First Day of the Dreketi Outreach

On our first day we treated 83 patients:

67 had eye and/or ear exams
18 had dental extractions
40 received glasses
10 were prayed for
29 received Christ as Savior, 22 of whom were Hindu.

This is a great beginning. Our eye and ear specialists heard various patients talking about how great our dentist is, “You don’t even feel it when he pulls your teeth.” With that kind of word of mouth, the dental load should significantly increase as the week progresses. We have a great team.

Praise the Lord with us for 26 new members of the Family. Pray for even more to be born again. Through your prayers, you are participants in all we achieve.

Thanks and Blessings!

Fourth Fiji Report August 2015

Our morning started at 6:15 a.m. with breakfast. We are staying at a church guesthouse that is within the church compound. Everything is really quite nicely arranged. ur team is three to a room in four dorms. The rooms all have screens so we don’t need mosquito nets. Most mattresses are on the floor, according to Fijian custom, however they are quite firm and comfortable.

This morning we had about 70 folks at our church service. There were at least 25 children among them. Worship was quite enthusiastic and very moving. I spoke for about 25 minutes to a totally attentive and responsive congregation. The presence of the Lord was quite strong throughout our time together. As the young people took communion, each one came over to me for prayer and blessing. A few adults joined this group as well. That was a very moving experience.

Carl, our beekeeper left early this evening with the couple with whom he will stay for the next three weeks as he moves about and conducts several two-day training sessions. He and Chuck, the farmer and beekeeper with whom he will travel hit it off immediately. I know they will establish a strong friendship over the days they are together. We prayed for safe travel and health as they will be in a number of rural villages.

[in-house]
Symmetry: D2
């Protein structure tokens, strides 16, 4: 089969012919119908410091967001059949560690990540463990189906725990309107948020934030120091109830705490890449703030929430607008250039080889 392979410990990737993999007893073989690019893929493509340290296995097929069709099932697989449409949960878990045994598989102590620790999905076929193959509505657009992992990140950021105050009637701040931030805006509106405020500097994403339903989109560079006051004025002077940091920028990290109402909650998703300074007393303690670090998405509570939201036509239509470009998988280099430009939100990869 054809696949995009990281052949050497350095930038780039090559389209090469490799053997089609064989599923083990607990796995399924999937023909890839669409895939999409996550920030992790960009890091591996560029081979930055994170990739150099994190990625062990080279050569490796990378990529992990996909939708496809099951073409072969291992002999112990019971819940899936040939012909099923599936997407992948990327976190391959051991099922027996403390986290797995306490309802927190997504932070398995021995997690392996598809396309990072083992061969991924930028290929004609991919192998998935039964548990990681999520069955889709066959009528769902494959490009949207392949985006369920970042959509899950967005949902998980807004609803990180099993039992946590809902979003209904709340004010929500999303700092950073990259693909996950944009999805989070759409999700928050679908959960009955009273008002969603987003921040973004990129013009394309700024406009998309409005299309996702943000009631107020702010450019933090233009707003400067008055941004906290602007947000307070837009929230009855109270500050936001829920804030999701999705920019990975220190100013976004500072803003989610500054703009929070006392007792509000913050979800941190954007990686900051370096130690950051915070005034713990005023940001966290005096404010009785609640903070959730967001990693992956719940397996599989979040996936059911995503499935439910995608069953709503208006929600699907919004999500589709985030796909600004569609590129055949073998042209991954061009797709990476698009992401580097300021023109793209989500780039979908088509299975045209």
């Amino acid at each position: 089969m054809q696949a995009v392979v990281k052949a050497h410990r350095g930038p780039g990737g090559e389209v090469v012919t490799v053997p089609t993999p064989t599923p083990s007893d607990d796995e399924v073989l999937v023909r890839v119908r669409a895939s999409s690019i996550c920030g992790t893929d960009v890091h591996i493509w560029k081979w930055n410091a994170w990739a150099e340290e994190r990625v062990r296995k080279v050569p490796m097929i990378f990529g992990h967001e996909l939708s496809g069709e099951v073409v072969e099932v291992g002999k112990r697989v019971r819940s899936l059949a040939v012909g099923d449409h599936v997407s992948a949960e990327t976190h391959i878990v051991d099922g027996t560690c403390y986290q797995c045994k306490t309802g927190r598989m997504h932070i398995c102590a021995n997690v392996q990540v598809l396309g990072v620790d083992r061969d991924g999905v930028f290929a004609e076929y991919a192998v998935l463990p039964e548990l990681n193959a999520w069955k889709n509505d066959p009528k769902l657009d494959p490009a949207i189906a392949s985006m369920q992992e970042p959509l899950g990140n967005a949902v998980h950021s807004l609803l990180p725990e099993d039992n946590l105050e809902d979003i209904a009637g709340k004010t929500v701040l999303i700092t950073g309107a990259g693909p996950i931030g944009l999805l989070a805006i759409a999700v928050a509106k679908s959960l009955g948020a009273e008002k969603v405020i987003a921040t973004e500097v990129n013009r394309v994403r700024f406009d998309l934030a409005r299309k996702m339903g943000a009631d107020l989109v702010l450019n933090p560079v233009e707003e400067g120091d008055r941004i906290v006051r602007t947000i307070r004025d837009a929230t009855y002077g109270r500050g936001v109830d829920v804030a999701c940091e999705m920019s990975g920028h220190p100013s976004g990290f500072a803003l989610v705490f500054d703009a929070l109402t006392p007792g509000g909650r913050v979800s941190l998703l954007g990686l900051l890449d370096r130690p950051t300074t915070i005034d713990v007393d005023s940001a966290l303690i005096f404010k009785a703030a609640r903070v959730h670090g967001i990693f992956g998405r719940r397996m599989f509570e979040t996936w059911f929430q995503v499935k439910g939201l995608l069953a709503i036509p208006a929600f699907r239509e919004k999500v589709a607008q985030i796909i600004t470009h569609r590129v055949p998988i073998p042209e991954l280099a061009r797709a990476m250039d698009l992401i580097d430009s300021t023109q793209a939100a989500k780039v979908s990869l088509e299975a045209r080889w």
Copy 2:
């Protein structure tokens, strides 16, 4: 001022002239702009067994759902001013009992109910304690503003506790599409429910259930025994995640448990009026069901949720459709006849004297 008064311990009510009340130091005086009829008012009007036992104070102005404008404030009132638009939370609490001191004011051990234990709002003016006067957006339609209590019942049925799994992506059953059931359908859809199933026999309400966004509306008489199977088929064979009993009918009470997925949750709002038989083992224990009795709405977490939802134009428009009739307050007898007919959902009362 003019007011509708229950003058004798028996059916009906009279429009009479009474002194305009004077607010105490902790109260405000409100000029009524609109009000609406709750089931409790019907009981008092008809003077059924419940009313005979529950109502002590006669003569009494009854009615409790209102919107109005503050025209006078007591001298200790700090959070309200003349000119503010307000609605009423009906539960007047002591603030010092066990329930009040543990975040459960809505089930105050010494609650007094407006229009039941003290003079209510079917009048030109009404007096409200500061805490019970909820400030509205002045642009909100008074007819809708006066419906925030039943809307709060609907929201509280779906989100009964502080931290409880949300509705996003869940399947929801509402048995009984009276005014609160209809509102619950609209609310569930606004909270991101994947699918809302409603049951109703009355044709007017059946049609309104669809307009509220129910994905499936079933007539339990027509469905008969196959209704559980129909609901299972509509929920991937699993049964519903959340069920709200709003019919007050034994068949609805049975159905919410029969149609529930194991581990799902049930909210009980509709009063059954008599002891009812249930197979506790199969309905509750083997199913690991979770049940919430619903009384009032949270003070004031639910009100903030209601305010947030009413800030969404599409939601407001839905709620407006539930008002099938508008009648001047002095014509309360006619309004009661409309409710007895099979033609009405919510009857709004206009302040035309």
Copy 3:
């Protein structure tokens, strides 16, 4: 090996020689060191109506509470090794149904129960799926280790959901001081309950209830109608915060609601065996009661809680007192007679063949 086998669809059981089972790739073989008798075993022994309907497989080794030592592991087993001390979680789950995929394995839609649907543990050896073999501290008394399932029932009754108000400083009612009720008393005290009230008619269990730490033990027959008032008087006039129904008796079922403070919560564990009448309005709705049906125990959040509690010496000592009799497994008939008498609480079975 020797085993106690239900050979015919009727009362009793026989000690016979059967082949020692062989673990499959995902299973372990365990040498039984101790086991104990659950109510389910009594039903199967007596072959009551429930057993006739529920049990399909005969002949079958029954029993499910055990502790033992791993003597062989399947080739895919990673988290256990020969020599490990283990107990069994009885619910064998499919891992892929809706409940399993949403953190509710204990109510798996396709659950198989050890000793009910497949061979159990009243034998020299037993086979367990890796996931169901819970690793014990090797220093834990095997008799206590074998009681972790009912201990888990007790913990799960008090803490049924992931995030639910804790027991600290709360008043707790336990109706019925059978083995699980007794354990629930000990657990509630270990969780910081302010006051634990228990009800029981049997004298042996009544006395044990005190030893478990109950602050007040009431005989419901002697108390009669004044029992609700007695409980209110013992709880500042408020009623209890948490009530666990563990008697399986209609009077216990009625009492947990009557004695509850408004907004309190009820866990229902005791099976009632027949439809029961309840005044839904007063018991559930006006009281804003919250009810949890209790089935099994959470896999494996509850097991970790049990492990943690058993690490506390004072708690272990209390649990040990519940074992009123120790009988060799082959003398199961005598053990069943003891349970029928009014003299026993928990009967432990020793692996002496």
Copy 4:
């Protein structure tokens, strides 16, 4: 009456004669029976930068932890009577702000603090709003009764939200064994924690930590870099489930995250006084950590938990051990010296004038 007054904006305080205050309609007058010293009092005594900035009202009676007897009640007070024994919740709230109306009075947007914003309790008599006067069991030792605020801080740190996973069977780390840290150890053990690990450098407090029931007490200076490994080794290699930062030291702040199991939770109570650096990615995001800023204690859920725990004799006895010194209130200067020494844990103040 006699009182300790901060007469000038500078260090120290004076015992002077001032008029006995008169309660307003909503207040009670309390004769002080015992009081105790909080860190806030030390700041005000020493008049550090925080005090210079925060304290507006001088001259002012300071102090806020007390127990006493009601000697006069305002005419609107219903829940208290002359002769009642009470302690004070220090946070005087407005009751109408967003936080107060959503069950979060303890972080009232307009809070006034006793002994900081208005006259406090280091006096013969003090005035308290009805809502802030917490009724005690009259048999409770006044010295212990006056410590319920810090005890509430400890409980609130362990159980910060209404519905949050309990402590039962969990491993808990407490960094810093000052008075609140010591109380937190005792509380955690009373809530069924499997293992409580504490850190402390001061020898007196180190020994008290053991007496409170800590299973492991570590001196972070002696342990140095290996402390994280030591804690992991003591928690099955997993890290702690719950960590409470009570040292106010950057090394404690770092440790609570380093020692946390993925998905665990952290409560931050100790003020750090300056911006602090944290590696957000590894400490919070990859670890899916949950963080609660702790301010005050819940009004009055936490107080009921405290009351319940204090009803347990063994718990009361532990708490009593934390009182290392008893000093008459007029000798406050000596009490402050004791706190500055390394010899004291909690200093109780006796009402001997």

We will set up our medical and evangelistic clinic tomorrow morning before breakfast and see our first patients around 8:30 a.m.

Thanks for all your prayers and encouragement.

Third Fiji Report August 2015

The rest of the U.S. team arrived in Nadi from LAX at 5:30 this morning. Since their plane was on time, they asked if they could change their afternoon reservation to Savusavu to the morning flight. That meant they arrived here earlier than expected. Much better for them than sitting in an unfinished, under construction airport lounge all morning and into the afternoon.

We completed our shopping for the medical and evangelistic outreach this morning as well. Then we drove to Dreketi, arriving just after dark at 7:30 p.m. We’ve unpacked and eaten our evening meal. The doctor associated with the Labasa government hospital is already in town, so the entire team is now in place.

I preach in the morning, and then we will relax during the rest of the day in preparation for an early start on Monday.

Thanks so much for your ongoing prayers.

Second Fiji Report August 2015

Aisake, GIFT general secretary, and I spent about 4 hours in his car driving into Savusavu town, then up north to Labasa to meet with various folks involved in some aspect of the next three weeks of activity here on Vanua Levu Island. By God’s grace we met with everyone we needed to see A number of us sat down for pizza, and chicken and chips at a small restaurant in Labasa where we arranged the last of our beekeeper’s schedule and for food purchase and preparation for the Dreketi outreach.

One couple who were with us, Chuck and Susan MacKay, are farmers near Labasa. I first met them a number of years ago when I was doing outreaches in the slums of Suva. Chuck is a man of many talents. He designed the women’s and youth center we built in the Namadi slums. Now he helps direct some of the farmer’s groups in his region. Some of these folks are Indian cane farmers who want to diversify their crops away from sugar cane. Some are Fijian villagers who want to learn how to best use their small village plots.

Chuck and his wife operate what I would call an experimental farm, growing a wide variety of crops and fruit trees, trying to determine which would be best to expand into the larger farming community. What grows best in a tropical climate? What is sustainable? What sells? Most of the local farmers have very little land, perhaps a couple of acres. However, if you combine their holdings, the growing area is fairly significant. Chuck keeps bees and encourages others to do the same. We relied upon his contacts to determine where and who Carl will train.